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Outdated Signs to Be Replaced

Sue Reeves


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new accessible parking signs

Logan City is replacing outdated ‘handicapped’ parking signs with a more current version to indicated accessible parking, thanks to the efforts of Eduardo Ortiz, a senior researcher at the CPD’s Early Intervention Research Institute. Ortiz is also a member of the Logan Parks & Recreation board, and first noticed the signs at City Hall.

“I’ve been working here (at the CPD) for a long time,” Ortiz said. “We become aware of important topics in the field of disability, so when you see City Hall using words that are outdated, you pay some attention.

“I thought, ‘here would be a great opportunity to make some meaningful change, to share with the community at large that the word handicapped is outdated,’” he said.

But it goes beyond the physical change, Ortiz said. It is also an opportunity to expand and update the conversation about disability and accessibility.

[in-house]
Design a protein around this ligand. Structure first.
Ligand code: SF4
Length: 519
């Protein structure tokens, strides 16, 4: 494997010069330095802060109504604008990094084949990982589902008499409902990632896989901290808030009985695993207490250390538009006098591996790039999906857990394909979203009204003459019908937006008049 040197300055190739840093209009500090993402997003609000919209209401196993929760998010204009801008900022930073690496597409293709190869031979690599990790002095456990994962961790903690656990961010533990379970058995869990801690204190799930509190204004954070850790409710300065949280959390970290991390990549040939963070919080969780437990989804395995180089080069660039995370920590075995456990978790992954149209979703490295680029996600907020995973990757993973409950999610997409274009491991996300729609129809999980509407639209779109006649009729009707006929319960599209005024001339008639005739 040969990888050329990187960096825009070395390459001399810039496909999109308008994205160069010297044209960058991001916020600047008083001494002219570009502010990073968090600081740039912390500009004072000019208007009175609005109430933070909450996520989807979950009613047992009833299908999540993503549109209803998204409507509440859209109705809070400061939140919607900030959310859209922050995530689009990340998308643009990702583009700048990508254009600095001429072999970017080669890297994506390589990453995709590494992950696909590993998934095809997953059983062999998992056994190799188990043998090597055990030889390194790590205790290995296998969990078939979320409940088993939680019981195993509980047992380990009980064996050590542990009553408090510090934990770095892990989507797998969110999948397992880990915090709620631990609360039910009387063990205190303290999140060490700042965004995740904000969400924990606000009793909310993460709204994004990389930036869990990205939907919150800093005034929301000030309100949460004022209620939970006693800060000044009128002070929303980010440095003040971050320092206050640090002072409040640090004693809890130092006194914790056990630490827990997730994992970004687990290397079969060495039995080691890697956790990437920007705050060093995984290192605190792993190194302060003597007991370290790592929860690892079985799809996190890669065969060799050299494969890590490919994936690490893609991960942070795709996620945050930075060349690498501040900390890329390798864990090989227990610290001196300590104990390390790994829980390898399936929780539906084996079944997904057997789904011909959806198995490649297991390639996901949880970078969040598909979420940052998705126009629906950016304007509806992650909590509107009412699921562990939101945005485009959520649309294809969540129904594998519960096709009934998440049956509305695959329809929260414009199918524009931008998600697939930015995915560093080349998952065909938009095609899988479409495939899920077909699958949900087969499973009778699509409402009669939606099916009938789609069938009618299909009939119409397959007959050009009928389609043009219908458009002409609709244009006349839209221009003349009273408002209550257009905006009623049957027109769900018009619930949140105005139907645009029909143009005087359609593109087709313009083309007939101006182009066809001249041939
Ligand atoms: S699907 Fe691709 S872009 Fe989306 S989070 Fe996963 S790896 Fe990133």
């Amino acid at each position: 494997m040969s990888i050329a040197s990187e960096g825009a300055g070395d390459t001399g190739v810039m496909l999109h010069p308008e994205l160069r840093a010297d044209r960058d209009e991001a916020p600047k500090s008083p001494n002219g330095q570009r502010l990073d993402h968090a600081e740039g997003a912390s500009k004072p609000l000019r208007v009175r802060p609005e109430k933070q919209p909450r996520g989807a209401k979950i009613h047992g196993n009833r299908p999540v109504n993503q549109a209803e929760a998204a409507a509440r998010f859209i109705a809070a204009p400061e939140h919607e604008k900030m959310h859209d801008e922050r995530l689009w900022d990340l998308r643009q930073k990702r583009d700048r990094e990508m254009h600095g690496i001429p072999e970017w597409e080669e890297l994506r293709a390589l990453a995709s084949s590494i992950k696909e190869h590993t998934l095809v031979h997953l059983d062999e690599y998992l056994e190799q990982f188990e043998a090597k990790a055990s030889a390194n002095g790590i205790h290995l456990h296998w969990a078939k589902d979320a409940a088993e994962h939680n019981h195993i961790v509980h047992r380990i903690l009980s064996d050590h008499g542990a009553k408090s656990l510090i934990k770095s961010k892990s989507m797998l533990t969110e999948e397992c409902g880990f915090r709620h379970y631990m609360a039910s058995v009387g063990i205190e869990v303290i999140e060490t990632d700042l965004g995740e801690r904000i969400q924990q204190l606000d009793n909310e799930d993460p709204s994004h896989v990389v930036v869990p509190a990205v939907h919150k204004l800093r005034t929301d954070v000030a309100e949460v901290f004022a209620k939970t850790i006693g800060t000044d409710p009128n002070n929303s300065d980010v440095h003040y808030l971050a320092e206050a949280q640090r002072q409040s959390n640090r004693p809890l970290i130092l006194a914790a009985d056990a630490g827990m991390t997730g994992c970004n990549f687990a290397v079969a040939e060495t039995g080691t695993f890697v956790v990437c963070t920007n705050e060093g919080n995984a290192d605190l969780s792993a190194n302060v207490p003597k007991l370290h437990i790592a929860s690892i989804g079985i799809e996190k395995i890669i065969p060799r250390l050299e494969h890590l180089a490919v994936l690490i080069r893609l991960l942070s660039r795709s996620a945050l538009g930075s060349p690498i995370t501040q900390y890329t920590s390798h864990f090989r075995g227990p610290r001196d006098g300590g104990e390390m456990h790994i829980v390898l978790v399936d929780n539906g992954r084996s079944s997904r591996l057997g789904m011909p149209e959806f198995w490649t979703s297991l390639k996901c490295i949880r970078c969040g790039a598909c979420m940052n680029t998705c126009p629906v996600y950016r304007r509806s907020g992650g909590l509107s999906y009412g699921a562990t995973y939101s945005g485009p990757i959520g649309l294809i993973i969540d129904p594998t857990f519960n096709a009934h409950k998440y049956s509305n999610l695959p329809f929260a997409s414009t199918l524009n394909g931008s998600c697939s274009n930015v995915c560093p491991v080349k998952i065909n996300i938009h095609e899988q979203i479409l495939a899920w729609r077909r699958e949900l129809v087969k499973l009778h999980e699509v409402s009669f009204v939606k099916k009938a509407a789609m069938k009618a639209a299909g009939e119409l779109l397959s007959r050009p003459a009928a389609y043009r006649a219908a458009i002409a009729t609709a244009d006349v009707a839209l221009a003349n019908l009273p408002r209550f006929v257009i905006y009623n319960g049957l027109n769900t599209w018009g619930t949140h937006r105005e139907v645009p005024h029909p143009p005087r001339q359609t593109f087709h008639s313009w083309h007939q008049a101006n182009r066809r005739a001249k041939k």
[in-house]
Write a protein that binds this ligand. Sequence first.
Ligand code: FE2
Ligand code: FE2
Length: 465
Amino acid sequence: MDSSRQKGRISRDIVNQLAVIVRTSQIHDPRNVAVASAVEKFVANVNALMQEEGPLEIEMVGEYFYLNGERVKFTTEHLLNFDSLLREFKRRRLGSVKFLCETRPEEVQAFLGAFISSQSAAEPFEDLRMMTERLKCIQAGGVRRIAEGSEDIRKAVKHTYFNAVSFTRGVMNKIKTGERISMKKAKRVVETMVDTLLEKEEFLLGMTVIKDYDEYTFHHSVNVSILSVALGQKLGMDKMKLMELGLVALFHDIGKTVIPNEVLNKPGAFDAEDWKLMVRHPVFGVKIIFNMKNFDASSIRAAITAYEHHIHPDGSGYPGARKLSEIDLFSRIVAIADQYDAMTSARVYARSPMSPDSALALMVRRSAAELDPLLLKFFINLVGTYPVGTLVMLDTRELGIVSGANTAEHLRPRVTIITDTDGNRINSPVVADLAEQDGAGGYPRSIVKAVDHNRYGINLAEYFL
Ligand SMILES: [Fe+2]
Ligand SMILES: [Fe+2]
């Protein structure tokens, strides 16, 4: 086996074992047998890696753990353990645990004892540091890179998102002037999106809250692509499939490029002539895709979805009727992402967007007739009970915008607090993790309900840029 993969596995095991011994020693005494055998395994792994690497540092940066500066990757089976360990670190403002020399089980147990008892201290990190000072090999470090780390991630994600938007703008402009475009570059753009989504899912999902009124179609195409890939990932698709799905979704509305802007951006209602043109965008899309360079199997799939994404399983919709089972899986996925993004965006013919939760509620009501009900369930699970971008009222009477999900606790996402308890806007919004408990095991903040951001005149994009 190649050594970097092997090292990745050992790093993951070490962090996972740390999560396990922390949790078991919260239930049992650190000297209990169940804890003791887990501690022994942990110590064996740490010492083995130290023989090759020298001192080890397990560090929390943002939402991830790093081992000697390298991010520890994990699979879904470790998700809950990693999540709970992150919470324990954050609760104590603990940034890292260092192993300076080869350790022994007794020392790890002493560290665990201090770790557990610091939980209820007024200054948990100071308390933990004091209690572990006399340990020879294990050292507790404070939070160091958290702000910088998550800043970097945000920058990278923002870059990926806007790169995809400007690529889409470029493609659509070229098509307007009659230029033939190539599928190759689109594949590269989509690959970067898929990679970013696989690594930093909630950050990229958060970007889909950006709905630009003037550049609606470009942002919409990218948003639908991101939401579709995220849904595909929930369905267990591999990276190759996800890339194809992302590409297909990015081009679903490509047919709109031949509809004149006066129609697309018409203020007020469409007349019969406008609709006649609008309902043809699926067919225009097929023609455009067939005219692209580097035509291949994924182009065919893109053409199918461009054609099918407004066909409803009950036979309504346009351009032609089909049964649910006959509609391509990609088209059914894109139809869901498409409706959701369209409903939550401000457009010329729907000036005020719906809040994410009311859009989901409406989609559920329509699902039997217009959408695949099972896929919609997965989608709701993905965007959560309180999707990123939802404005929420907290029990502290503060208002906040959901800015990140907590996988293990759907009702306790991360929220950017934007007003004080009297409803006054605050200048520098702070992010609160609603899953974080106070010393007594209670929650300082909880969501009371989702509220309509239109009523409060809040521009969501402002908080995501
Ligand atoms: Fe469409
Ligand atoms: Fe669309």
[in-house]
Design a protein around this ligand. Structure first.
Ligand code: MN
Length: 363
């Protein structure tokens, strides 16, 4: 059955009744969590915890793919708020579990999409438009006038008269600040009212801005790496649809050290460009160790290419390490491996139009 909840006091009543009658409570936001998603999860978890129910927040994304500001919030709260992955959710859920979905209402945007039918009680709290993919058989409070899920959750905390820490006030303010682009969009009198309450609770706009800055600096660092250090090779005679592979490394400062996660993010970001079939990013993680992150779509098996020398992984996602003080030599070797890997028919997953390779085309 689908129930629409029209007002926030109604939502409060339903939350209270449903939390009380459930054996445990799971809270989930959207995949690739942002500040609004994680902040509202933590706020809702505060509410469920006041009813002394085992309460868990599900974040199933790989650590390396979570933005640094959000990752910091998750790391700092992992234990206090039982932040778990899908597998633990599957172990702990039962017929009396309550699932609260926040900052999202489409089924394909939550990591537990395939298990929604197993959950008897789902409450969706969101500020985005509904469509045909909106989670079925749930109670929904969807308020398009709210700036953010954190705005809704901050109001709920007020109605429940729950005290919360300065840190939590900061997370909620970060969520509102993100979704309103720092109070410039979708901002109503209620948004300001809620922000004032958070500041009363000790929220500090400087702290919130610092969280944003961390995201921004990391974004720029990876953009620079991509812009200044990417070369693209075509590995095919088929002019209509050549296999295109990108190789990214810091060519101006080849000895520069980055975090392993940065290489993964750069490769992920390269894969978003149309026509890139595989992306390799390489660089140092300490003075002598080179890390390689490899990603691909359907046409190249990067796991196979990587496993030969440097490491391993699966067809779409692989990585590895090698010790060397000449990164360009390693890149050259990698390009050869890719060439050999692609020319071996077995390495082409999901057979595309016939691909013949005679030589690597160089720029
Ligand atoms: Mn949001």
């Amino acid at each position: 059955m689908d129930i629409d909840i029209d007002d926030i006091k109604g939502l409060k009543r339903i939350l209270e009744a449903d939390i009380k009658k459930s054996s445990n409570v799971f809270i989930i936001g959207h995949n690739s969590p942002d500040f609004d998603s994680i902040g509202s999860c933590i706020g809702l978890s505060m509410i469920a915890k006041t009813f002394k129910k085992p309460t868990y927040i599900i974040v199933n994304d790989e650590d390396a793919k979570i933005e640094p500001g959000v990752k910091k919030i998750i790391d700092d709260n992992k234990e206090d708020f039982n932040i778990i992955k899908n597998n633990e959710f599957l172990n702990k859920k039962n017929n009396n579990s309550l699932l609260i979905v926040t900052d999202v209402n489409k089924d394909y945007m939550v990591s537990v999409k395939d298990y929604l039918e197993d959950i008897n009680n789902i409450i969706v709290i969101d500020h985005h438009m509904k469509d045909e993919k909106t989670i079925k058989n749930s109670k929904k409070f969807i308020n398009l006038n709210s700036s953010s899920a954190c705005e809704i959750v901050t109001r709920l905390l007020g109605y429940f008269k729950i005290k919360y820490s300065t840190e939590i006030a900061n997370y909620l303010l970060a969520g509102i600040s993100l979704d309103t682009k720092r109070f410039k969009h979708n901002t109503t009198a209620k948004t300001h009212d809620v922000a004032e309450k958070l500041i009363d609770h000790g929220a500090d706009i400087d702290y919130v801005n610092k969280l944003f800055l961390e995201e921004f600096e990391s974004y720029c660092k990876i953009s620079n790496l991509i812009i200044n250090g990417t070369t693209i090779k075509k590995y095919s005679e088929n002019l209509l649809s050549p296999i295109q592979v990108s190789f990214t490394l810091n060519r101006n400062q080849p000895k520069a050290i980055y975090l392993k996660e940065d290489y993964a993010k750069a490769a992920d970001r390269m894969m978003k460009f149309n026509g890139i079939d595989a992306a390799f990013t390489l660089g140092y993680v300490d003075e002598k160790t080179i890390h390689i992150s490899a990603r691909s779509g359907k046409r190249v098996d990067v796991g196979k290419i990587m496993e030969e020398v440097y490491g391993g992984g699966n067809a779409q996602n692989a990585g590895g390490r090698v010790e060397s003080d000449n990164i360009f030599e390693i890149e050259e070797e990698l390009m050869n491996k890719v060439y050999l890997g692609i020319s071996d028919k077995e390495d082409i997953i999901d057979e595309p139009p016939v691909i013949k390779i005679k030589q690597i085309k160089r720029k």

“The language we use is critical,” he said. “It’s important. It impacts our identities.”

In public places like City Hall, it also impacts the community, from young children to senior citizens.

“This is an evolving process,” he said. “Efforts get multiplied and create positive impacts in our society.”

Ortiz said after he saw the sign at City Hall, he started paying more attention to details. He encouraged others to pay attention as well, and to speak up.

“It’s an opportunity to expand our eyes and senses and interactions and share what’s happening in our field,” he said.

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